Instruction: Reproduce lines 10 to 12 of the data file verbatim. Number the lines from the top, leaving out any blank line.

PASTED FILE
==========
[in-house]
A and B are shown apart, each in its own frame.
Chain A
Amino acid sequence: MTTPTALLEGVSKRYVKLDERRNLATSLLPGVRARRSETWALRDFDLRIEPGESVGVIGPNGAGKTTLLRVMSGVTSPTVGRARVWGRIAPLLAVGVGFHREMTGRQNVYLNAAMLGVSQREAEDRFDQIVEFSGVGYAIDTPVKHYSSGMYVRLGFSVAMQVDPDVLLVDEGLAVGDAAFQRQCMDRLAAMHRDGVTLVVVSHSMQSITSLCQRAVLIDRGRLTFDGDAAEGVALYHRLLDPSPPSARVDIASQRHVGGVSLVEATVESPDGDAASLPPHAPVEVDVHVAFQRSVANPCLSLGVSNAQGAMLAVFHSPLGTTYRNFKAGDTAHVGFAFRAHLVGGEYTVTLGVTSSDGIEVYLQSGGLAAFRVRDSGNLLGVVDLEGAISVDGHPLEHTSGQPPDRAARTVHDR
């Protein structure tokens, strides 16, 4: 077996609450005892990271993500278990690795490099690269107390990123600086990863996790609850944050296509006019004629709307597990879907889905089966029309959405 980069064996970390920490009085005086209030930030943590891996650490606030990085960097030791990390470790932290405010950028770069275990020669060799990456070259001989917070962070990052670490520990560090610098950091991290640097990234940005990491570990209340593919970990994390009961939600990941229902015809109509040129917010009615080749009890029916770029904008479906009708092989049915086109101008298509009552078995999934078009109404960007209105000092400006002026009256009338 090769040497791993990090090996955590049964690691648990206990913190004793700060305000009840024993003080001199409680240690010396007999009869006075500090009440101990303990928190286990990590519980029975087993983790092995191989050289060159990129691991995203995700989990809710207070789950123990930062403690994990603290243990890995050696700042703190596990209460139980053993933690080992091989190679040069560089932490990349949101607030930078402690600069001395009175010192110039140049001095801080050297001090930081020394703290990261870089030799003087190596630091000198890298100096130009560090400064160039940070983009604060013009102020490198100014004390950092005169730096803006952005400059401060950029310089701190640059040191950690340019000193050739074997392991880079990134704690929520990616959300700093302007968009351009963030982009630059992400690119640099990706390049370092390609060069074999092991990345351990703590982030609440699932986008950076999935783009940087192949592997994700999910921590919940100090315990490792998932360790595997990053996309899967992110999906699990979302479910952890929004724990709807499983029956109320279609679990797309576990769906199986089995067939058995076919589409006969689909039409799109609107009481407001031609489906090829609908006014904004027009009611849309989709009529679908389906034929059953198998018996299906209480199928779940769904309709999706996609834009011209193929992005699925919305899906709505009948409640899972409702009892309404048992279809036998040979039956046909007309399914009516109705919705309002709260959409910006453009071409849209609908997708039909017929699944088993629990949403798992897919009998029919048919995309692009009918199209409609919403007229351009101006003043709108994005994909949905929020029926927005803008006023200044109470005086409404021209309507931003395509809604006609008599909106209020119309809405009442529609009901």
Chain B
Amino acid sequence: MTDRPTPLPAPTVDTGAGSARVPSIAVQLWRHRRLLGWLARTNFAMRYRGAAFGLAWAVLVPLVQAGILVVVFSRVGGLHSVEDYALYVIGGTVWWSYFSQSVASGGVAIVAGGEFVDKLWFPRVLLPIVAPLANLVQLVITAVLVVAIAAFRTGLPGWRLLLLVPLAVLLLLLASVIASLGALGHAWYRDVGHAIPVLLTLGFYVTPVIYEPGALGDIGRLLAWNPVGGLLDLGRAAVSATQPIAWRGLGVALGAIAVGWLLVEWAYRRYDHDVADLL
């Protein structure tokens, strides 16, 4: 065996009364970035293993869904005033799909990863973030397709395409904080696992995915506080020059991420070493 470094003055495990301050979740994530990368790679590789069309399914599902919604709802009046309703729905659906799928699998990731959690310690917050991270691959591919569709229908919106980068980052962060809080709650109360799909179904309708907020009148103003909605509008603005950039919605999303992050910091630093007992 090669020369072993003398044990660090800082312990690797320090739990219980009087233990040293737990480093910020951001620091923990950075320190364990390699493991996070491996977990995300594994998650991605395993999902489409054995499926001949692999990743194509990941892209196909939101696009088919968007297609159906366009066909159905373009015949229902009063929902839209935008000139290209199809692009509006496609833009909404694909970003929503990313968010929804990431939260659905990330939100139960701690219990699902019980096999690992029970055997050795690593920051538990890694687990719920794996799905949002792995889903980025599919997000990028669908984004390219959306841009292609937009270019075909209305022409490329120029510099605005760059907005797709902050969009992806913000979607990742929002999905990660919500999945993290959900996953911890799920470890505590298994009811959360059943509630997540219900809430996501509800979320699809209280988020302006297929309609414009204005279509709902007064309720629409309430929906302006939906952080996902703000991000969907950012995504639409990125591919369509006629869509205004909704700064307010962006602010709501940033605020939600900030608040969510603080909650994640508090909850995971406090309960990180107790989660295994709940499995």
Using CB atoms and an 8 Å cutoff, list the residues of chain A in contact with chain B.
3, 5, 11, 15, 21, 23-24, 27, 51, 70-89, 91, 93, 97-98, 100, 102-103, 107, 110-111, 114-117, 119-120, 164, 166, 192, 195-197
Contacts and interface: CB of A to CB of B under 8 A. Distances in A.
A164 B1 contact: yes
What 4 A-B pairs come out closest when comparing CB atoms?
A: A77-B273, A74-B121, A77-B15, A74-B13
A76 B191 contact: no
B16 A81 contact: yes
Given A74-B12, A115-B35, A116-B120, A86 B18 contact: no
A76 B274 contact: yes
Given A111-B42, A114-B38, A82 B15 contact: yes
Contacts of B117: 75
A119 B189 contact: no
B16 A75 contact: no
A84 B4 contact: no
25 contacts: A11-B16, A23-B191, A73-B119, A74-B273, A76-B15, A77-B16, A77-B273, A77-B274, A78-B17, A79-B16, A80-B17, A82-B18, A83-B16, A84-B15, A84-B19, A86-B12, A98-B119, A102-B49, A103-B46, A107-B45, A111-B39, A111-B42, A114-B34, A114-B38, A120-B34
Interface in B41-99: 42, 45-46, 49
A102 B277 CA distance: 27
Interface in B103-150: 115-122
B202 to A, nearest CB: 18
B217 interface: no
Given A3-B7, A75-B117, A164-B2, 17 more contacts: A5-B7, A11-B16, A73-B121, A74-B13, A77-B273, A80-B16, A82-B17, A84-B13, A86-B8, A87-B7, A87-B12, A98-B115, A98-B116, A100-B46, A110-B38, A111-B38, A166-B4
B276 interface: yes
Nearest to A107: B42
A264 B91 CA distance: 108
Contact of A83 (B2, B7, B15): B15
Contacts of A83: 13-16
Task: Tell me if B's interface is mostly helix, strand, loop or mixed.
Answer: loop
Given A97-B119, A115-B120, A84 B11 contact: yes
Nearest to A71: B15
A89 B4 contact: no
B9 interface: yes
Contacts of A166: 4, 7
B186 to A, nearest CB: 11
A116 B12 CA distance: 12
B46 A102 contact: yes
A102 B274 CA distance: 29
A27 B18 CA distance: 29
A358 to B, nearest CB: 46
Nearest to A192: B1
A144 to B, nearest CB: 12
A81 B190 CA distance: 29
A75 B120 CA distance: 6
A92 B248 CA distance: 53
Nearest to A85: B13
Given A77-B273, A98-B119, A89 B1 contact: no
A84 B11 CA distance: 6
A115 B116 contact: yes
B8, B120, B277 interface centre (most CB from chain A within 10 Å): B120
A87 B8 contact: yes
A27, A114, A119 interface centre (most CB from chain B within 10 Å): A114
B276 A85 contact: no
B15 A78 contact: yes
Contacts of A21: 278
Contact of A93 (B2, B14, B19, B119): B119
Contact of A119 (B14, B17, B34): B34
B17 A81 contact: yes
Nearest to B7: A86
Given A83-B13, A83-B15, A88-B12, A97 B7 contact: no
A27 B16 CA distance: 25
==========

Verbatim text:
3, 5, 11, 15, 21, 23-24, 27, 51, 70-89, 91, 93, 97-98, 100, 102-103, 107, 110-111, 114-117, 119-120, 164, 166, 192, 195-197
Contacts and interface: CB of A to CB of B under 8 A. Distances in A.
A164 B1 contact: yes